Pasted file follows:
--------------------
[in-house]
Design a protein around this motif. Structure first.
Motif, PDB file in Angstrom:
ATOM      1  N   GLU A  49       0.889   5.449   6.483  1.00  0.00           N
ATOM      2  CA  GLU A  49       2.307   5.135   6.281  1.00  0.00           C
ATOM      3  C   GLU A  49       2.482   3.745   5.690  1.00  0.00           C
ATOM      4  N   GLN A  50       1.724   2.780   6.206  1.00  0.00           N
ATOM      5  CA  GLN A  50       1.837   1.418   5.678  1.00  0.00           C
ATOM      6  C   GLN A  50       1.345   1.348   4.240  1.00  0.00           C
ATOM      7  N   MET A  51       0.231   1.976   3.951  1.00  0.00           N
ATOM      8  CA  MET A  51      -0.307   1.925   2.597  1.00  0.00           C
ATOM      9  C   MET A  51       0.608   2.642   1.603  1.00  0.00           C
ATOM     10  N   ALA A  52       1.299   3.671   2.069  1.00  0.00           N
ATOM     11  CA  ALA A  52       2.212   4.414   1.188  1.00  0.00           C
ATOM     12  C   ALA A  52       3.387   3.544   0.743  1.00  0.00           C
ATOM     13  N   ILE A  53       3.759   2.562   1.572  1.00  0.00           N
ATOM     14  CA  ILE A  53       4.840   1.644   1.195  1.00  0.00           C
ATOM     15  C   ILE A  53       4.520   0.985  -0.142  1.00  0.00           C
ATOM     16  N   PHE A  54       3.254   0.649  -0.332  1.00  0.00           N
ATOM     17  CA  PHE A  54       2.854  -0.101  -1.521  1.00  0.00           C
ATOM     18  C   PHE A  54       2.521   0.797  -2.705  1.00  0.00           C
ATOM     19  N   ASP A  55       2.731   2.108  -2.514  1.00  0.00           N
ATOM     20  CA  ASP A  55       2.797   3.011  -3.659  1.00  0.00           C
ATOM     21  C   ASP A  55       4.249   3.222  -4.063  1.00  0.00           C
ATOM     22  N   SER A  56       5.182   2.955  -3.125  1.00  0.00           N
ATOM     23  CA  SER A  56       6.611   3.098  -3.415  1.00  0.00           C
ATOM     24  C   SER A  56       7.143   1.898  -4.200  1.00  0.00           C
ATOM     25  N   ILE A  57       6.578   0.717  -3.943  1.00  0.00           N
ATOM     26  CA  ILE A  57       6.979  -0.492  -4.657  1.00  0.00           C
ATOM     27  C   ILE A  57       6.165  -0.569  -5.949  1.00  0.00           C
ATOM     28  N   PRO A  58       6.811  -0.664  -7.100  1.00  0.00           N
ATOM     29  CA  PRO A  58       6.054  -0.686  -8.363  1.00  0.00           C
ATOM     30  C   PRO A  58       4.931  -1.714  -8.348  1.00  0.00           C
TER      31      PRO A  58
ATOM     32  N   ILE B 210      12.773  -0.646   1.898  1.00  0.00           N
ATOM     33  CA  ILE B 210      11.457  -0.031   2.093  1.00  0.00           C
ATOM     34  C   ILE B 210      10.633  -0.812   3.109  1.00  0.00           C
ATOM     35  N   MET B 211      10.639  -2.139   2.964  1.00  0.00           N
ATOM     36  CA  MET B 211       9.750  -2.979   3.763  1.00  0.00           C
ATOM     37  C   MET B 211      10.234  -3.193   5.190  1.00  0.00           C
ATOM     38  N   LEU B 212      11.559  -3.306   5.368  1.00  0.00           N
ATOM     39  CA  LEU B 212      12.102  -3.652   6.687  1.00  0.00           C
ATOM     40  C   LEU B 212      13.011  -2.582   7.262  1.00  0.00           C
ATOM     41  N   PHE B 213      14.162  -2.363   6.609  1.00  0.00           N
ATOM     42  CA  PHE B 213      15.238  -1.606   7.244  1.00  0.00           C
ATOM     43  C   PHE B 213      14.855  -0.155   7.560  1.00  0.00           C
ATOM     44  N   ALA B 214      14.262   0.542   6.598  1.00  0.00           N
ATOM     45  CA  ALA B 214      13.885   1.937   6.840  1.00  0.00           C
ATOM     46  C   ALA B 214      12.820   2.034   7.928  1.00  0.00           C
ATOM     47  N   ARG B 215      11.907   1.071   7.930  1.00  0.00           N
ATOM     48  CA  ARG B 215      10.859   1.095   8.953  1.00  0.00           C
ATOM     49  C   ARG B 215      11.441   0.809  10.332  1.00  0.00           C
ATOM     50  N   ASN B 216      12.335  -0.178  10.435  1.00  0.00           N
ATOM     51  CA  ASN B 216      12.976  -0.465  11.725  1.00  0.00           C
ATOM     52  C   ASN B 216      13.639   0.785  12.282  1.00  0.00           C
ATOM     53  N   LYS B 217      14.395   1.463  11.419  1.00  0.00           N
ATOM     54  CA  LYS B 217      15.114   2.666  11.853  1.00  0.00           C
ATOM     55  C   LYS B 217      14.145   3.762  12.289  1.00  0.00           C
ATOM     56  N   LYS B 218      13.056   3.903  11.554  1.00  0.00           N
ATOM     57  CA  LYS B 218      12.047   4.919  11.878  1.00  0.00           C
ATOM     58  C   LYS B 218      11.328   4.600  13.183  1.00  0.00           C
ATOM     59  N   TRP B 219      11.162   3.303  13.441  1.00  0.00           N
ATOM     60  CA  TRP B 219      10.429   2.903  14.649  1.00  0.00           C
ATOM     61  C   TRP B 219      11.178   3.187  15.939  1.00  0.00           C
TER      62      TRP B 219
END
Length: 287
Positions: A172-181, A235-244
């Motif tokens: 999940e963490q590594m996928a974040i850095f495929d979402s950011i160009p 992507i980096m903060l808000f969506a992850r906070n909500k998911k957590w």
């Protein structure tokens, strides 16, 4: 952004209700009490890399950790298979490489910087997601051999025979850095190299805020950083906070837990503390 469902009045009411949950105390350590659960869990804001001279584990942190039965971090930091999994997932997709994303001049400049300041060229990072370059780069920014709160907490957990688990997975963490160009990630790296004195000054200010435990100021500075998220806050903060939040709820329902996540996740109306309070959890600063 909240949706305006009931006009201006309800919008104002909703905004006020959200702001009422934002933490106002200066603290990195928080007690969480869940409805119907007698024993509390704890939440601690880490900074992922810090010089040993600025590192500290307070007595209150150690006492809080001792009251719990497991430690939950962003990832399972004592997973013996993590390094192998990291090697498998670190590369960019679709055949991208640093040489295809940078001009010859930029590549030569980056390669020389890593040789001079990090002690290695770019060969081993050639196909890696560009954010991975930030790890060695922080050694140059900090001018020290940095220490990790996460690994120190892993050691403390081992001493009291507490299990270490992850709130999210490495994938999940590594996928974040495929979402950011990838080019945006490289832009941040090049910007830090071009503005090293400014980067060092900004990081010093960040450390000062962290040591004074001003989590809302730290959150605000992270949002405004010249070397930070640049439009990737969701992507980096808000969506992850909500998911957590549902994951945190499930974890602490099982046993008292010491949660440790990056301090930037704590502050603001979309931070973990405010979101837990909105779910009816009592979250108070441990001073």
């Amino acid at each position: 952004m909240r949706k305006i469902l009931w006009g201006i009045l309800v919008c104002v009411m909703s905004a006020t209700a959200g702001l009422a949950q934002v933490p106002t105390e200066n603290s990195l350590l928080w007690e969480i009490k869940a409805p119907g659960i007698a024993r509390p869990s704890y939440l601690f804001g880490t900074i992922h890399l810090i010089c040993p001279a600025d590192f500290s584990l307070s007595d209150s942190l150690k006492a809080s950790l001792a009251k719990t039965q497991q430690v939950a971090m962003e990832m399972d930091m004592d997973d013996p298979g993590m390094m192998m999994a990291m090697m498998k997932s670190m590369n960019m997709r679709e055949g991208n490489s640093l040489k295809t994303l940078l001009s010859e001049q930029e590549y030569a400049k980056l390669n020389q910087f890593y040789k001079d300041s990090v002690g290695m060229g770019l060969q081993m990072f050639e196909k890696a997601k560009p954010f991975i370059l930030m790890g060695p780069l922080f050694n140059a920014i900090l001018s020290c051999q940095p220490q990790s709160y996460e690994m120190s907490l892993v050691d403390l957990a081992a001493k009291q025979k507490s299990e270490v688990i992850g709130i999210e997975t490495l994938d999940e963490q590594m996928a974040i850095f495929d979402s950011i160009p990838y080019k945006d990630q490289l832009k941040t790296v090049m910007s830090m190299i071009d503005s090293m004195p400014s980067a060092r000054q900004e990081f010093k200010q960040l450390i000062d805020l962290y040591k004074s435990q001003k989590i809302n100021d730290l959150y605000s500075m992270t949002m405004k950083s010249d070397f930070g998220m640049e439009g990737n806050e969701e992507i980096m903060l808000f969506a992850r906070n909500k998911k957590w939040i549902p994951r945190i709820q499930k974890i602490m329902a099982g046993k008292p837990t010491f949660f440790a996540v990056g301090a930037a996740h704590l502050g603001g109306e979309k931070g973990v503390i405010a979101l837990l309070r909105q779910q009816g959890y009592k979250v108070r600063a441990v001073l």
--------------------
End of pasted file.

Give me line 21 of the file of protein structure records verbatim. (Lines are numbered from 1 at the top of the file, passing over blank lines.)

ATOM     18  C   PHE A  54       2.521   0.797  -2.705  1.00  0.00           C